Lahore Confidential, starring Richa Chadha in the main lead, is now streaming on Zee5 and this one certainly does not live up to the expectations. Spiralling between the Research and Analysis Wing (RAW) headquarters in Delhi and the Indian High Commission in Lahore, the film attempts to tell a fictional tale around the very real escalating tensions between India and Pakistan. But these well-intended thoughts go haywire halfway into the film, and all we are left with is an agonising watch that seems lengthier than it actually is. Directed by Kunal Kohli and written by Vibha Singh, the story lacks the punch required of a spy film. Neither does the romantic twist create any sort of sensation. And all you can do while watching the film is to mourn the wasted potential.
What is the plot about?
We are introduced to a bookish Ananya (Richa Chadha) who has a simple desk job at Research and Analysis Wing (RAW). But her life soon takes a turn as she is recruited by two Indian agents Rajiv (Khalid Siddiqui) and Yukti (Karishma Tanna) for a secret intelligence duty in Pakistan. Her goal is to find out about the terrorist Wasim Ahmed Khan but on the way she meets a well-connected man in Lahore named Rauf Ahmed Kazmi (Arunoday Singh).
Rauf is an Urdu poetry connoisseur to Ananya’s delight, and their love for shayaris and mushairas slowly bring them closer to each other. But neither is aware of the other’s identity, and by the time Ananya figures out that she has been seduced by the enemy, it is a little too late. The security of her nation hangs at balance and she can only choose either her country or her love.
Lahore Confidential Review : It Feels Like A Parody Of An Espionage Film
Yet Another Stereotypical Portrayal Of Women Characters
To be very honest, I was quite excited when I first saw the trailer of Lahore Confidential. An espionage thriller with a woman at the center of it is not an unheard plotline, limited as it is in numbers. And with Richa Chadha’s stellar track record, surely I wasn’t alone in my excitement. But the film shredded all hopes into pieces with its lackluster script, mediocre performances and an abysmal climax. It’s a different kind of frustration to watch the main protagonist being fooled by a ruse that even a 10-year-old can see through. To then sit for 68 minutes waiting for the light bulb to go off in her head is simply excruciating.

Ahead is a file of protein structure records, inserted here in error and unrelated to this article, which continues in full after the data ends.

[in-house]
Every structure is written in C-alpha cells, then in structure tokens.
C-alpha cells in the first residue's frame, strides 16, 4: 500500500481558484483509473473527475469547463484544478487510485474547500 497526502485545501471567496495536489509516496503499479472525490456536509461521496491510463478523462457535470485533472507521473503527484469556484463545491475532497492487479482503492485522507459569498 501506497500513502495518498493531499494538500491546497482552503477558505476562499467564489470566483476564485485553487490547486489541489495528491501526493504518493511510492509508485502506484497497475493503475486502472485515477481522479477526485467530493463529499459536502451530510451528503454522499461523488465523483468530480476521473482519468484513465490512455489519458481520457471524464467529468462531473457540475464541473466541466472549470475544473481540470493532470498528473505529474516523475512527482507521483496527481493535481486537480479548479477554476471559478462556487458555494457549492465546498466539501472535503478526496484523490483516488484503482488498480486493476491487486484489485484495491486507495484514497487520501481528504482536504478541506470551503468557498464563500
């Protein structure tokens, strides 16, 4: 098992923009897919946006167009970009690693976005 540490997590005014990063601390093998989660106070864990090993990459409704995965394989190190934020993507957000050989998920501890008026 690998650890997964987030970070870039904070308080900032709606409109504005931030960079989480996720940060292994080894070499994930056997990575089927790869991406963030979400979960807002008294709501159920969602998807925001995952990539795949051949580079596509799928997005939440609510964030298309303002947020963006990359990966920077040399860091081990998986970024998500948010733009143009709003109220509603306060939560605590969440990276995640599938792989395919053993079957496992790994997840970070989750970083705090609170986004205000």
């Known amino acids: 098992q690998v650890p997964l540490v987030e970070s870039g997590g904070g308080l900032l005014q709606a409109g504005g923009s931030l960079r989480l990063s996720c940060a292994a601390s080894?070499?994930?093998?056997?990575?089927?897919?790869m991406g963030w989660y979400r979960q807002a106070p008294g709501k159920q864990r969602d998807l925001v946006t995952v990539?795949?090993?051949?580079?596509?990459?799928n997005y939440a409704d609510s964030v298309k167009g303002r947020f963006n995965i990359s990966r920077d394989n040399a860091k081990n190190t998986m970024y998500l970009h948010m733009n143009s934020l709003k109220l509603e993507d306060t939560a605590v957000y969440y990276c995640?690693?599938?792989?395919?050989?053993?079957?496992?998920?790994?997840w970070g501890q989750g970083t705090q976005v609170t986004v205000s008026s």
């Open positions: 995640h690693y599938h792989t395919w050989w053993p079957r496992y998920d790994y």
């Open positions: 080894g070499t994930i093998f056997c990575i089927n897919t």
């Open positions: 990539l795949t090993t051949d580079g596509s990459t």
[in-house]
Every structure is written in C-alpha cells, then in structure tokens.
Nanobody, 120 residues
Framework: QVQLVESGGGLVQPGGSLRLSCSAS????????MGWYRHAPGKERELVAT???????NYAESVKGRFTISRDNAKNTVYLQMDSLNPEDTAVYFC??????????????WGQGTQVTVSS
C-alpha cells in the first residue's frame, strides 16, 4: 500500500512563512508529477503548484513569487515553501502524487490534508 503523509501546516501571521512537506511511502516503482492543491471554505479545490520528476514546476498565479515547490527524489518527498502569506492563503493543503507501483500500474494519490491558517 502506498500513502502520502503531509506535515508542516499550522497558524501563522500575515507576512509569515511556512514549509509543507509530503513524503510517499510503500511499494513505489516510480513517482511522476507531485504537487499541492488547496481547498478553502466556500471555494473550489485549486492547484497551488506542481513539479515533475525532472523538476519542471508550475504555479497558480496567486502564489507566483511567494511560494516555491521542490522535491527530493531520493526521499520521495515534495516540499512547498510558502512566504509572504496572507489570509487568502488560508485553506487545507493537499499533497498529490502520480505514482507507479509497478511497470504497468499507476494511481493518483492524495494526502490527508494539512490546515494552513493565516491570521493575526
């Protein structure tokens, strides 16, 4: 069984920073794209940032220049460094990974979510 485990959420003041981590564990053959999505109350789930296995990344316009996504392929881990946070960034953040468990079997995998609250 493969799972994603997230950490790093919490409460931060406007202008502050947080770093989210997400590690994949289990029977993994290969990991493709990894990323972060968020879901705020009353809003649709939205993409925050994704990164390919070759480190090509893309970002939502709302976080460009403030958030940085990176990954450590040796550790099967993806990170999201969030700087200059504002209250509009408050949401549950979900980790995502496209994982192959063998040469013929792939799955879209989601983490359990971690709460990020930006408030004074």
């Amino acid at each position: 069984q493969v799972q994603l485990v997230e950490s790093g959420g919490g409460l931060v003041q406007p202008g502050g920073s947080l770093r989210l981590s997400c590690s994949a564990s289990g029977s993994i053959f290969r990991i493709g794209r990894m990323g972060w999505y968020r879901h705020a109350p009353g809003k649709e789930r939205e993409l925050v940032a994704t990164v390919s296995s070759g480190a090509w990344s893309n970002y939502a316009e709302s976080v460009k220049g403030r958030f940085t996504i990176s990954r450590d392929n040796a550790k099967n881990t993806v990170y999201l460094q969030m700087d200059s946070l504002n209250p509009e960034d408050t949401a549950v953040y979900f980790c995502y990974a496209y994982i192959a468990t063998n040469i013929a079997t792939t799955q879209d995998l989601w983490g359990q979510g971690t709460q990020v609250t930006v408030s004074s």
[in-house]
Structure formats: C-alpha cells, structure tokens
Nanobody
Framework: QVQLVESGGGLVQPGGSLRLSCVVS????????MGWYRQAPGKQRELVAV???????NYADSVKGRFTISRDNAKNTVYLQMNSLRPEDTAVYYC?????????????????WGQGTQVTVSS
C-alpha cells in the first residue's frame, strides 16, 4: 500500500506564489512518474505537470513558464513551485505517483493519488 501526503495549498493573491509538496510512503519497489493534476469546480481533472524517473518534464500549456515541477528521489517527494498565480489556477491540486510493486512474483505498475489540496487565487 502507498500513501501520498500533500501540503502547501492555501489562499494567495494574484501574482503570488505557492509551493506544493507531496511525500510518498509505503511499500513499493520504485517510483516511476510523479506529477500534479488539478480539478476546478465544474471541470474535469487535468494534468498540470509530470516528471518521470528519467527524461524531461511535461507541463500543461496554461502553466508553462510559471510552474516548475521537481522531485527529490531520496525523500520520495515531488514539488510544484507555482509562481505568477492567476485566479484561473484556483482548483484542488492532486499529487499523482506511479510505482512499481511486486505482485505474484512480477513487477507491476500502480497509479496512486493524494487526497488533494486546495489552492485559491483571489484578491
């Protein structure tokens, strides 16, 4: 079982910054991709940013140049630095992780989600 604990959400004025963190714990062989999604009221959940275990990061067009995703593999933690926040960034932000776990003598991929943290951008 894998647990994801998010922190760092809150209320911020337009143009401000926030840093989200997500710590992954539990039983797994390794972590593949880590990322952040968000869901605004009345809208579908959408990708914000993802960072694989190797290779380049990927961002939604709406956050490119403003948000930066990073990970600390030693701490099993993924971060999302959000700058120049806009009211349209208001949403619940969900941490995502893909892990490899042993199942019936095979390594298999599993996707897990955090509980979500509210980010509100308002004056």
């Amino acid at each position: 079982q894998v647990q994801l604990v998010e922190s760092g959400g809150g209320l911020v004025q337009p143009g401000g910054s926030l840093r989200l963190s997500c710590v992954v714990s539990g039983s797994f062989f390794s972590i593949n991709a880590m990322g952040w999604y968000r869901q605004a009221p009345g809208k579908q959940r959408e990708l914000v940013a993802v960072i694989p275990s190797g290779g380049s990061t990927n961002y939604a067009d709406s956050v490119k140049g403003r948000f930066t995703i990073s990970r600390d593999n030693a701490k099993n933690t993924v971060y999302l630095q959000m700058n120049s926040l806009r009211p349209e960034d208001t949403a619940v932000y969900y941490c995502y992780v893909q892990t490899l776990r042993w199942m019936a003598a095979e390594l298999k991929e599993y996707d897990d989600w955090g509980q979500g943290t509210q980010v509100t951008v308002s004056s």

The sub-standard plot could still have been excused had the film provided us with strong characters, but it loses points even in that department. When in world will directors understand that it is not enough to put women in lead roles just for the sake of ticking off those checkboxes of representation? Showing a book-loving, independent single woman who refuses to marry according to her mother’s choices is a great start, sure. But to then fall back into the same misogynistic wormhole of portraying her as the outcast spinster who is so vulnerable that she will believe just about anything to escape her loneliness is yet another patronising take. It makes you question why it is so hard for filmmakers to deal with the figure of the single woman without reducing her to these mind-numbing stereotypes.
Same is the case for Yukti’s character, whose devil-may-care attitude is breezily compartmentalised into the typical Bollywood portrayal of the ‘modern woman’ – she is sexually promiscuous, she swears like there is no tomorrow, and booze and cigarettes are her best friends. It is about time filmmakers collectively shut whatever conduct books they are referring to and stop putting women into these illogical binaries. As for the other aspects of the film, there isn’t much to say anyway. Richa Chadha’s disinterested acting makes it much more of a struggle to keep up with the storyline.
Karishma Tanna fits the role she enacts, but it is Arunoday Singh and his praiseworthy onscreen presence that makes the watch bearable. There are enough shayaris to lighten up the mood, although it would have made much more sense if the poetic quality actually added to the plot rather than becoming stand-alone entertainers.
All in all, Lahore Confidential fares better than its predecessor London Confidential. But it certainly does not live up to the hype it created. Did the film have potential? Definitely yes. Will I recommend it to my friends and family? Absolutely not.
Picture Credit: YouTube ScreenGrab
Views expressed are the author’s own.